Pubmed CrossRef
  8. Bechstein WO. Neurotoxicity of calcineurin inhibitors: impact and clinical management. Transpl Int 2000;13:313-26.
    Pubmed CrossRef
  9. Boon M, Dennesen PJ, Veldkamp RF. A rare stress cardiomyopathy in a patient with Guillain-Barre syndrome. Neth J Med 2016;74:86-8.

Article

Case Report

Korean J Thorac Cardiovasc Surg 2021; 54(5): 396-399

Published online October 5, 2021 https://doi.org/10.5090/jcs.20.074

Copyright © Journal of Chest Surgery.

Guillain-Barré Syndrome after Lung Transplantation in the Immediate Postoperative Period: Case Report

Byung Mo Gu, M.D.1 , Ho Hyun Ko, M.D.1 , Hong Kyu Lee, M.D.1 , Yong Joon Ra, M.D.1 , Hee Sung Lee, M.D., Ph.D.2 , Hyoung Soo Kim, M.D., Ph.D.1

1Department of Thoracic and Cardiovascular Surgery, Hallym University Sacred Heart Hospital, Anyang; 2Department of Thoracic and Cardiovascular Surgery, Hallym University Dongtan Sacred Heart Hospital, Hwaseong, Korea

Correspondence to:Hyoung Soo Kim
Tel 82-31-380-3815
Fax 82-31-380-4118
E-mail cskhs99@hallym.or.kr
ORCID
https://orcid.org/0000-0001-6023-0818

Received: June 11, 2020; Revised: September 23, 2020; Accepted: October 4, 2020

This is an open access article distributed under the terms of the Creative Commons Attribution Non-Commercial License (http://creativecommons.org/licenses/by-nc/4.0) which permits unrestricted non-commercial use, distribution, and reproduction in any medium, provided the original work is properlycited.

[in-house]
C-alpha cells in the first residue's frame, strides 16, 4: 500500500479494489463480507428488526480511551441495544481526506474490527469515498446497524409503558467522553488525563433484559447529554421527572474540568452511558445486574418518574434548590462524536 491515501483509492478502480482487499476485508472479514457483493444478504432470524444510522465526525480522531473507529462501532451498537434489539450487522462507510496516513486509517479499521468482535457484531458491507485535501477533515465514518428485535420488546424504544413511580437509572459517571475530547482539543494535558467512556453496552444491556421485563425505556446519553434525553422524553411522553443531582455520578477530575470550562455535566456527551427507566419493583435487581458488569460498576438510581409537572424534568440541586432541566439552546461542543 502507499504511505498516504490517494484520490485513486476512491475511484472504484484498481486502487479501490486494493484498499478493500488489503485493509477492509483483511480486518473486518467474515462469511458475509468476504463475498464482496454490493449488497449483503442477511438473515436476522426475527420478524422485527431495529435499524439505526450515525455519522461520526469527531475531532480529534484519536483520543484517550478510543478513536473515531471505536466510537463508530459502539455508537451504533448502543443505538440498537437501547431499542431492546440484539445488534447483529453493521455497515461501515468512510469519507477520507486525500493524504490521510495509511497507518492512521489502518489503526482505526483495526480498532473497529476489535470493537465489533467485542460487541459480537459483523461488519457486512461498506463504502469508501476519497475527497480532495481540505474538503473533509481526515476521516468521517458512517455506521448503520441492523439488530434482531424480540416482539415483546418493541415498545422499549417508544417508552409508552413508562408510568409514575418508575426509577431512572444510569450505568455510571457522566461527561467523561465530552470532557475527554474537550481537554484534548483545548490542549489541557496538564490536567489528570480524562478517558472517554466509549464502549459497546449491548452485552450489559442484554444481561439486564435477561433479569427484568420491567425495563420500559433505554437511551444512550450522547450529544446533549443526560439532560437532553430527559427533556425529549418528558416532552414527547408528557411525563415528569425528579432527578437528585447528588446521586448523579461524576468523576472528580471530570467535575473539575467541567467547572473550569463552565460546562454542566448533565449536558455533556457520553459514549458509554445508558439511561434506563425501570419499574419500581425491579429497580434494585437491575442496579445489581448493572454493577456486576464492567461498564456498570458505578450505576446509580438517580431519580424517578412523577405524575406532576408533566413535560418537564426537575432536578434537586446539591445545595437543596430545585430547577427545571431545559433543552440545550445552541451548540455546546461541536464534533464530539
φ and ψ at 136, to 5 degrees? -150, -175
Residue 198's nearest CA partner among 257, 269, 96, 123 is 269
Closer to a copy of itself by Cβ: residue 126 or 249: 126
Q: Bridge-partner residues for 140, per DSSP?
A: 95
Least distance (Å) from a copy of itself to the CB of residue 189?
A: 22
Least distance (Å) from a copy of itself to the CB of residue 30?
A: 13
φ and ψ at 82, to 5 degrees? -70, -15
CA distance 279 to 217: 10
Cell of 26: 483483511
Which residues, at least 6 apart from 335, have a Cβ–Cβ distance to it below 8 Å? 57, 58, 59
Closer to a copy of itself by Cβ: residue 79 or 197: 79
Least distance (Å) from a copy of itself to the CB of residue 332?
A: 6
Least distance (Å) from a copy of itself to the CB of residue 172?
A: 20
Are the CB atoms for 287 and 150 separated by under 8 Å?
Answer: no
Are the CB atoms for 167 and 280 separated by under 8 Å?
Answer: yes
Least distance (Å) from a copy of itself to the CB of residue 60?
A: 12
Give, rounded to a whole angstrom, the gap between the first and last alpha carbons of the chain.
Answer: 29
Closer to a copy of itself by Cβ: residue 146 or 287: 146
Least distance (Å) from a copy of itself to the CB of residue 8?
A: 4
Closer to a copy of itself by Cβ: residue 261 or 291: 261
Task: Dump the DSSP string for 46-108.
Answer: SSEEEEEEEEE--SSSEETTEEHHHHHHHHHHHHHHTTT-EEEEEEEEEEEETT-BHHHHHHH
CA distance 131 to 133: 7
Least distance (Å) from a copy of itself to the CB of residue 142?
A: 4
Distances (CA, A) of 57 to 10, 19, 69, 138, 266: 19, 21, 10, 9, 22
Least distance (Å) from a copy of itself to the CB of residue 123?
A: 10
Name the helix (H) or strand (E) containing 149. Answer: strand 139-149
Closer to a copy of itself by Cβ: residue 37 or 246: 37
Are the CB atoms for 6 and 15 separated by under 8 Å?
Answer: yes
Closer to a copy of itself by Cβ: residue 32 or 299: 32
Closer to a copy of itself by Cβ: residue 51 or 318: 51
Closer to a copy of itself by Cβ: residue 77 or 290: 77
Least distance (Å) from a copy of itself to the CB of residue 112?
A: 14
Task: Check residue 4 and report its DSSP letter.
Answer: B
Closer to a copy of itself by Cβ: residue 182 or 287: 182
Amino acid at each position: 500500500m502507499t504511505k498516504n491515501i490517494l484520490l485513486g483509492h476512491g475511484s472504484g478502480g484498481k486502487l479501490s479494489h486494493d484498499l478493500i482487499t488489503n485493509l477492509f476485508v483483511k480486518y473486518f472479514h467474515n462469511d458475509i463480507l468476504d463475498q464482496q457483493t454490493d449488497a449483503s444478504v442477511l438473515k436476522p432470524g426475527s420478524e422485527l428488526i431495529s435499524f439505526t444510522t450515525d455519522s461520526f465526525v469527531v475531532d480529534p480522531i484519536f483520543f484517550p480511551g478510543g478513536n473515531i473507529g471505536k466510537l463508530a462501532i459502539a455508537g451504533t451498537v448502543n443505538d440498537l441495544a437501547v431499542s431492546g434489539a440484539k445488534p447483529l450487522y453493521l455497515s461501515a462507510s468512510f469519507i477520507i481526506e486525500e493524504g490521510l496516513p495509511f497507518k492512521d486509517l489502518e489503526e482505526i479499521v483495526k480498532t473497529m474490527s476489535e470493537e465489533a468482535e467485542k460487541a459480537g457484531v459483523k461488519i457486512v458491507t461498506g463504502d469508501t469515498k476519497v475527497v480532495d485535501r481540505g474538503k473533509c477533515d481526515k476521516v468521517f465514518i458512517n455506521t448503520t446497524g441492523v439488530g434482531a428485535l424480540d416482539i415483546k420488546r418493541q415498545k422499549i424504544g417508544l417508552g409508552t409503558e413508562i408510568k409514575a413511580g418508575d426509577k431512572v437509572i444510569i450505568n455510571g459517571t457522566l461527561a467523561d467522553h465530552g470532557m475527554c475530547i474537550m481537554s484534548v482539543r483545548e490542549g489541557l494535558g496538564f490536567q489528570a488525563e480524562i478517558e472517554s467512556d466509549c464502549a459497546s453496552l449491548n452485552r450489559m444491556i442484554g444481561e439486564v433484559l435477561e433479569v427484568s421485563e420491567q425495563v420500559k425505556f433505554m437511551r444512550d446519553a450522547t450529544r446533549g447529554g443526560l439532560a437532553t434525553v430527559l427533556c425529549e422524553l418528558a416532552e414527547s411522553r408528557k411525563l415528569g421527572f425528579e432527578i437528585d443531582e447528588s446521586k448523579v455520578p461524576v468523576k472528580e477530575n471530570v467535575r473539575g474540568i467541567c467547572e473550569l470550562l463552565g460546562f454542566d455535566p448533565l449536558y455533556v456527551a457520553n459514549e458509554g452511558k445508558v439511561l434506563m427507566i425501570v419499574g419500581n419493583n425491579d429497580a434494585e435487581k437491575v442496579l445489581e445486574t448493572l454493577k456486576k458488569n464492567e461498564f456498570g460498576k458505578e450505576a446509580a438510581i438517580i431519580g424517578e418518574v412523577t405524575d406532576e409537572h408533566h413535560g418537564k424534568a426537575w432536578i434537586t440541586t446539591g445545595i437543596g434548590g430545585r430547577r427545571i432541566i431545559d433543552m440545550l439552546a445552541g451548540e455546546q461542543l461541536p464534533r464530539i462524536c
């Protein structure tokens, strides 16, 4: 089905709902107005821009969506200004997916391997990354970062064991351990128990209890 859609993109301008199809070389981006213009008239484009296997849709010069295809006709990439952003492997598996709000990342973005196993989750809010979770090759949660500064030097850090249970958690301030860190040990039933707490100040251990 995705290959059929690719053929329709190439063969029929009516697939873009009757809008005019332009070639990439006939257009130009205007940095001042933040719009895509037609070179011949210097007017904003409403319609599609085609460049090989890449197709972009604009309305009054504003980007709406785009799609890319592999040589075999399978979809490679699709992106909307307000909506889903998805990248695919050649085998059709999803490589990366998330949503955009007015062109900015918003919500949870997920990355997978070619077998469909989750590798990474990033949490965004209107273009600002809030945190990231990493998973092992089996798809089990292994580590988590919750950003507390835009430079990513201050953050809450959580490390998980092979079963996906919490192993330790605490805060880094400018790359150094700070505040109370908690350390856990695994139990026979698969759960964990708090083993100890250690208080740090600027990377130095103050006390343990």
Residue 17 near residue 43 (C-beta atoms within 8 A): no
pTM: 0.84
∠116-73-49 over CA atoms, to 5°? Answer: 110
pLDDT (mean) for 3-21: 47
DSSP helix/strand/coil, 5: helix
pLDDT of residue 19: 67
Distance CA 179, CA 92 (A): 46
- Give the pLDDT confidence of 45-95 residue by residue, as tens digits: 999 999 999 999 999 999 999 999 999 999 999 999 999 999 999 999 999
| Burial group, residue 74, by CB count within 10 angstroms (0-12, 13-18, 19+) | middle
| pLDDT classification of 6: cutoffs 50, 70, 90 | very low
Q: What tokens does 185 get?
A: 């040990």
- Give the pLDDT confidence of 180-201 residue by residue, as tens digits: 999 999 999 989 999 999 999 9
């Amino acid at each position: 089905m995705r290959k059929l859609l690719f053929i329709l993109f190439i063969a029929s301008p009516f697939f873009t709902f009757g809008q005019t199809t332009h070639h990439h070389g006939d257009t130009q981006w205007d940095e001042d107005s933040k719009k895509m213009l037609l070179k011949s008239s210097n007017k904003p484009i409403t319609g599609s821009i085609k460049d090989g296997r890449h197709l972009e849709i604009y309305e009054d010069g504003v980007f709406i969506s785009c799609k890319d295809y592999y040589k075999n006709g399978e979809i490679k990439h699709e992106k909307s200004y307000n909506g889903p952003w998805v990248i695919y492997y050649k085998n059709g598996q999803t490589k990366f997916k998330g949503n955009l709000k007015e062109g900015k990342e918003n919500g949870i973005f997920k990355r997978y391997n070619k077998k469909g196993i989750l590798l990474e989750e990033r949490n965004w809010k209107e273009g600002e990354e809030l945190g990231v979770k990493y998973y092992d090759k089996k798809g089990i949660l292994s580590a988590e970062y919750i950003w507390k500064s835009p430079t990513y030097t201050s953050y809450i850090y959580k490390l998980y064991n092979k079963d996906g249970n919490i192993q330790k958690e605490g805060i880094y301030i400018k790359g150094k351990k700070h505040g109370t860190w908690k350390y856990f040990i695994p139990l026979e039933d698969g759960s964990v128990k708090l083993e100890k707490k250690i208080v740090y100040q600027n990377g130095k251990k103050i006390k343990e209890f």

Abstract

A 58-year-old man, incapable of maintaining oxygen saturation with mechanical ventilation, was admitted to our hospital for veno-venous extracorporeal membrane oxygenation (ECMO) treatment. He was diagnosed with acute respiratory distress syndrome (ARDS) due to influenza A pneumonia. His condition stabilized with antibiotics and steroid administration, but weaning from ECMO failed due to post-infectious pulmonary sequelae. On day 84 after admission, he underwent bilateral lung transplantation. In the postoperative phase, he did not regain consciousness even after discontinuation of sedatives for 3 days. However, spontaneous pupillary reflex and eye movements were preserved, while communication and upper and lower limb movements were affected. The nerve conduction study was diagnostic of Guillain-Barré syndrome. He was managed with intravenous immunoglobulins and plasmapheresis. Mild recovery of the facial muscles was seen, but he died 24 days post-surgery due to progressive ARDS and sepsis.

Keywords: Guillain-Barre syndrome, Lung transplantation, Extracorporeal circulation, Complication, Acute respiratory distress syndrome, Case report

Case report